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Education vs TFP: Empirical Evidence from The Sub-Saharan Countries

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  • Guido Cazzavillan

    ()
    (Department of Economics, University Of Venice Cà Foscari)

  • Michael Donadelli

    (Department of Economics, LUISS Guido Carli University)

Abstract

This paper investigates the “education-total factor productivity trade-off” in explaining per worker income differences between Sub-Saharan (unlucky) and G7 (lucky) economies. Following Hall and Jones (1999) and Caselli (2005), on a country basis, we are able to study separately the dynamic of the average years of schooling (i.e. education level), the per worker capital, the per worker income, and the total factor productivity (TFP). We confirm, according to the related literature, that physical capital and education levels partially explain income differences between unlucky and lucky economies. We show, however, that the impact of ad hoc TFP shocks on per worker income is larger in the unlucky economies than in the lucky ones. The result holds both for negative and positive shocks. In particular, we find that average TFP volatility in the “unlucky world” is eight times higher than the “G7 world” average TFP volatility. As a result we argue that the order of magnitude of the impact heavily depends on the level of the TFP volatility. It turns out that the effect of a TFP shock on a relative low per worker income growth rate is higher. We conclude by arguing that the presence of low levels of per worker capital and of human productivity push the unlucky economies into a poverty trap.

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File URL: http://www.unive.it/media/allegato/DIP/Economia/Working_papers/Working_papers_2012/WP_DSE_cazzavillan_donadelli_27_12.pdf
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Bibliographic Info

Paper provided by Department of Economics, University of Venice "Ca' Foscari" in its series Working Papers with number 2012_27.

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Length: 25 p.
Date of creation: 2012
Date of revision:
Handle: RePEc:ven:wpaper:2012_27

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Keywords: Education; Average Years of Schooling; TFP Shocks; Poverty Trap;

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  1. Danny Quah, 1992. "Empirical Cross-Section Dynamics in Economic Growth," FMG Discussion Papers dp154, Financial Markets Group.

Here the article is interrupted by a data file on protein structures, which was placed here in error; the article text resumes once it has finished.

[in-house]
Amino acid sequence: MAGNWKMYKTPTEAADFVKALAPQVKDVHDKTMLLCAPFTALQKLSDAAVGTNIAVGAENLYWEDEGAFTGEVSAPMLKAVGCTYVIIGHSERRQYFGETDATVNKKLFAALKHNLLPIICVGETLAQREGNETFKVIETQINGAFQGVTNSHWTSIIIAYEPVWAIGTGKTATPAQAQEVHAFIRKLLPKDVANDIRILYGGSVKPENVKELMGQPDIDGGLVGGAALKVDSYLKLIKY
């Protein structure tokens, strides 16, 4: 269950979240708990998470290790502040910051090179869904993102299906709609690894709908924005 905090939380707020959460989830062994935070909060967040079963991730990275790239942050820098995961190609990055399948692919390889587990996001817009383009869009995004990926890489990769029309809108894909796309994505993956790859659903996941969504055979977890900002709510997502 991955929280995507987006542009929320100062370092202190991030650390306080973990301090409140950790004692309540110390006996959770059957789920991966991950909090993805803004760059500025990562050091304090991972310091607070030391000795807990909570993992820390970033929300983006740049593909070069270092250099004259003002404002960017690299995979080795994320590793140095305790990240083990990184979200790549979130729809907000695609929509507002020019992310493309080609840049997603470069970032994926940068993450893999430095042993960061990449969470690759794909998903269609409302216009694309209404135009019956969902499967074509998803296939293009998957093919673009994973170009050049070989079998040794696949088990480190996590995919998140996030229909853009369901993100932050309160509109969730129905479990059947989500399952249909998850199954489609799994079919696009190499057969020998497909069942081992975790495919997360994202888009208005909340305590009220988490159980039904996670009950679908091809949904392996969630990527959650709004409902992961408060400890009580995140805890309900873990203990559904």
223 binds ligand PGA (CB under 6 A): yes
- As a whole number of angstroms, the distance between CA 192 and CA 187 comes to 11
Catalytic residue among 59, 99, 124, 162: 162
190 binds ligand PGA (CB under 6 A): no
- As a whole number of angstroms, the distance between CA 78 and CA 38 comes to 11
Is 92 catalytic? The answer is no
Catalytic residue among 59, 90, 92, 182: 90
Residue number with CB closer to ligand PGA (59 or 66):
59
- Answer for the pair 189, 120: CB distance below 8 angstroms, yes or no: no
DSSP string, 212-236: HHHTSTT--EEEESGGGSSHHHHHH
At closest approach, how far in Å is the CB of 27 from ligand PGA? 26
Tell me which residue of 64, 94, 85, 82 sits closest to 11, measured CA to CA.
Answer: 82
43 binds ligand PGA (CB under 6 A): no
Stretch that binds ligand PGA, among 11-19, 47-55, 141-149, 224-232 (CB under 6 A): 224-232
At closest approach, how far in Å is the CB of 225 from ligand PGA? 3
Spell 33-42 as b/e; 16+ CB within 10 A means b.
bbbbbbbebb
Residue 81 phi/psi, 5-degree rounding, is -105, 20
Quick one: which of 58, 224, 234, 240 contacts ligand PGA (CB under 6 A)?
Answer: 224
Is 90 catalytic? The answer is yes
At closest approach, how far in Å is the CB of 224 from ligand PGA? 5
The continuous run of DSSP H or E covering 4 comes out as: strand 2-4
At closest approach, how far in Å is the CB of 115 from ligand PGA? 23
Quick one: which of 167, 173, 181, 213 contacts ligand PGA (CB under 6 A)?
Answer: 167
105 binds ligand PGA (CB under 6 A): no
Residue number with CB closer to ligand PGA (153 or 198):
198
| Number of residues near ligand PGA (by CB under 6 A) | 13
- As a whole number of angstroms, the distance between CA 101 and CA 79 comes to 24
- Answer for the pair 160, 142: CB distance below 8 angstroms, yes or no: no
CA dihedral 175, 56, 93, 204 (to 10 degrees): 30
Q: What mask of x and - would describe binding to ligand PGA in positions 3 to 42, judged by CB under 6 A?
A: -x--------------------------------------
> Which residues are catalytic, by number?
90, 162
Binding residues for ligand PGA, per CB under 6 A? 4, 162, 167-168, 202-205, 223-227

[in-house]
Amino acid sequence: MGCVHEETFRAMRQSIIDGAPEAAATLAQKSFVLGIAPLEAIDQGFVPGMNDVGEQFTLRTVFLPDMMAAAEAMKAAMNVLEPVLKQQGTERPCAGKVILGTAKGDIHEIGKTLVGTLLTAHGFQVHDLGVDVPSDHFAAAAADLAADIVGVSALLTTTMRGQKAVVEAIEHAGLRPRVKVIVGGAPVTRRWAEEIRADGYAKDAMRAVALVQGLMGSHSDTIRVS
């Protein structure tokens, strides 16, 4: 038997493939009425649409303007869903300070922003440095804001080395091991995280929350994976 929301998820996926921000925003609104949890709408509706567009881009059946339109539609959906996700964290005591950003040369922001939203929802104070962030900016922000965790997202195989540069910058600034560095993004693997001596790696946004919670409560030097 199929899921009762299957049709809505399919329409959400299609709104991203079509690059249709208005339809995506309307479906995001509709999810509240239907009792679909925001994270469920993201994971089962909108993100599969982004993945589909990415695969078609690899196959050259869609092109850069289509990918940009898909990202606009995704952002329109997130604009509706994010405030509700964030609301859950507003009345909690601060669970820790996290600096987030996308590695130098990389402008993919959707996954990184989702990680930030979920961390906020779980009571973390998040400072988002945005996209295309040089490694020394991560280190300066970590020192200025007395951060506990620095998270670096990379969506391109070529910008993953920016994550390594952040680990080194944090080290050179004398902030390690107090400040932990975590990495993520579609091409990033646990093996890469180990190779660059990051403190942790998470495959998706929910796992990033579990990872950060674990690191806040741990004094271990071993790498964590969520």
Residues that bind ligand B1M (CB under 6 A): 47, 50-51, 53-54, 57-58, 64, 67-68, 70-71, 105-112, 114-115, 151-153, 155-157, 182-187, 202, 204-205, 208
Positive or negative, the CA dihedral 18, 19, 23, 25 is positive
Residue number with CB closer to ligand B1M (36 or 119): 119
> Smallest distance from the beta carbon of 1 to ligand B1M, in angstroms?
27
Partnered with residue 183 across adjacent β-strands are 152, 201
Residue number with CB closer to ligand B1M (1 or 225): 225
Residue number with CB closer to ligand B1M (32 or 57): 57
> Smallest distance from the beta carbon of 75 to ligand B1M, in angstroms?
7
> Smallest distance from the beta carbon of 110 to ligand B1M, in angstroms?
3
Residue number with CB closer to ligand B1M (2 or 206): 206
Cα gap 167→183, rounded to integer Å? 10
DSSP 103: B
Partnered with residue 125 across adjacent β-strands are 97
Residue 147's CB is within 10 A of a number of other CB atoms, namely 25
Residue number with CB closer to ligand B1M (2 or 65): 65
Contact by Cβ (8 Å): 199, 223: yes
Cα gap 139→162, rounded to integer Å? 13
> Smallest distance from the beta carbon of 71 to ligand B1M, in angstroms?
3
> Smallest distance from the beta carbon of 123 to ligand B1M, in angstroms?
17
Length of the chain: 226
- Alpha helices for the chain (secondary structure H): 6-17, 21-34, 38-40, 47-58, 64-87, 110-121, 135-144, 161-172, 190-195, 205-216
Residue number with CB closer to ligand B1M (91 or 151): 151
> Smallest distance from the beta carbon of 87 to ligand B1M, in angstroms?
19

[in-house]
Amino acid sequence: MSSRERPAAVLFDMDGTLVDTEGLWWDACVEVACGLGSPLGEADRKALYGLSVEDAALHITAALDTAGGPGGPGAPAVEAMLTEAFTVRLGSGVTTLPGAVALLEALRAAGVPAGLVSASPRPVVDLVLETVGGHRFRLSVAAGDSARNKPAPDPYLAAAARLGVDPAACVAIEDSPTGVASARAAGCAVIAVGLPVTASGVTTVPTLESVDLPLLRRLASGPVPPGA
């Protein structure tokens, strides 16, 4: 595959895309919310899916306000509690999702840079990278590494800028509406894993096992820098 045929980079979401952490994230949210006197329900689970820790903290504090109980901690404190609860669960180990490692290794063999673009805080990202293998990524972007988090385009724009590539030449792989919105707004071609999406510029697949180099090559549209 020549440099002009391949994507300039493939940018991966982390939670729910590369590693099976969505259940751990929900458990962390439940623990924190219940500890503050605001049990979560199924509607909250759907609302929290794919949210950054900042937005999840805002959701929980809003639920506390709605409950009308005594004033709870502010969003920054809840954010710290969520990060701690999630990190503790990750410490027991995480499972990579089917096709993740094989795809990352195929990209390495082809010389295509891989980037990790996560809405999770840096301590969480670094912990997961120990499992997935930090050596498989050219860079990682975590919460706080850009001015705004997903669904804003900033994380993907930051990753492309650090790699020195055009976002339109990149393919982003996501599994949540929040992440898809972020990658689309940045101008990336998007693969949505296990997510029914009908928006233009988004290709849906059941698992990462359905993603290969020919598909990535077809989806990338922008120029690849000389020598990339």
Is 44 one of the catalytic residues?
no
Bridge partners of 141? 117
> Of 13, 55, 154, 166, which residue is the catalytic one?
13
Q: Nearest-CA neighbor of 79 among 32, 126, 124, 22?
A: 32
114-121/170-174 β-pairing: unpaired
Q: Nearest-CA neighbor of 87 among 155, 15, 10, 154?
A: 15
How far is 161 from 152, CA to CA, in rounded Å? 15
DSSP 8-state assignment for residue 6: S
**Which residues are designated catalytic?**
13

2. Danny Quah, 1996. "Twin Peaks: Growth and Convergence in Models of Distribution Dynamics," CEP Discussion Papers dp0280, Centre for Economic Performance, LSE.
  3. Azariadis, Costas & Stachurski, John, 2005. "Poverty Traps," Handbook of Economic Growth, in: Philippe Aghion & Steven Durlauf (ed.), Handbook of Economic Growth, edition 1, volume 1, chapter 5 Elsevier.
  4. Quah, Danny, 1996. "Twin Peaks: Growth and Convergence in Models of Distribution Dynamics," CEPR Discussion Papers 1355, C.E.P.R. Discussion Papers.
  5. Mauro, Paolo, 1995. "Corruption and Growth," The Quarterly Journal of Economics, MIT Press, vol. 110(3), pages 681-712, August.
  6. Kraay, Aart & Raddatz, Claudio, 2007. "Poverty traps, aid, and growth," Journal of Development Economics, Elsevier, vol. 82(2), pages 315-347, March.
  7. Nicholas Bloom, 2009. "The Impact of Uncertainty Shocks," Econometrica, Econometric Society, vol. 77(3), pages 623-685, 05.
  8. Bewley, Truman, 1977. "The permanent income hypothesis: A theoretical formulation," Journal of Economic Theory, Elsevier, vol. 16(2), pages 252-292, December.
  9. Parente, Stephen L & Prescott, Edward C, 1994. "Barriers to Technology Adoption and Development," Journal of Political Economy, University of Chicago Press, vol. 102(2), pages 298-321, April.
  10. Guido Cazzavillan & Michael Donadelli, 2010. "Understanding the Global Demand Collapse: Empirical Analysis and Optimal Policy Response," Working Papers 2010_18, Department of Economics, University of Venice "Ca' Foscari".
  11. Quah, Danny, 1997. "Empirics for Growth and Distribution: Stratification, Polarization, and Convergence Clubs," CEPR Discussion Papers 1586, C.E.P.R. Discussion Papers.
  12. S. Rao Aiyagari, 1993. "Uninsured idiosyncratic risk and aggregate saving," Working Papers 502, Federal Reserve Bank of Minneapolis.
  13. Robert E. Hall & Charles I. Jones, 1999. "Why Do Some Countries Produce So Much More Output per Worker than Others?," NBER Working Papers 6564, National Bureau of Economic Research, Inc.
  14. David McKenzie & Christopher Woodruff, 2008. "Experimental Evidence on Returns to Capital and Access to Finance in Mexico," World Bank Economic Review, World Bank Group, vol. 22(3), pages 457-482, November.
  15. Nihal Bayraktar & Hippolyte Fofack, 2011. "Capital Accumulation in Sub-Saharan Africa: Income-group and Sector Differences-super- †," Journal of African Economies, Centre for the Study of African Economies (CSAE), vol. 20(4), pages 531-561, August.
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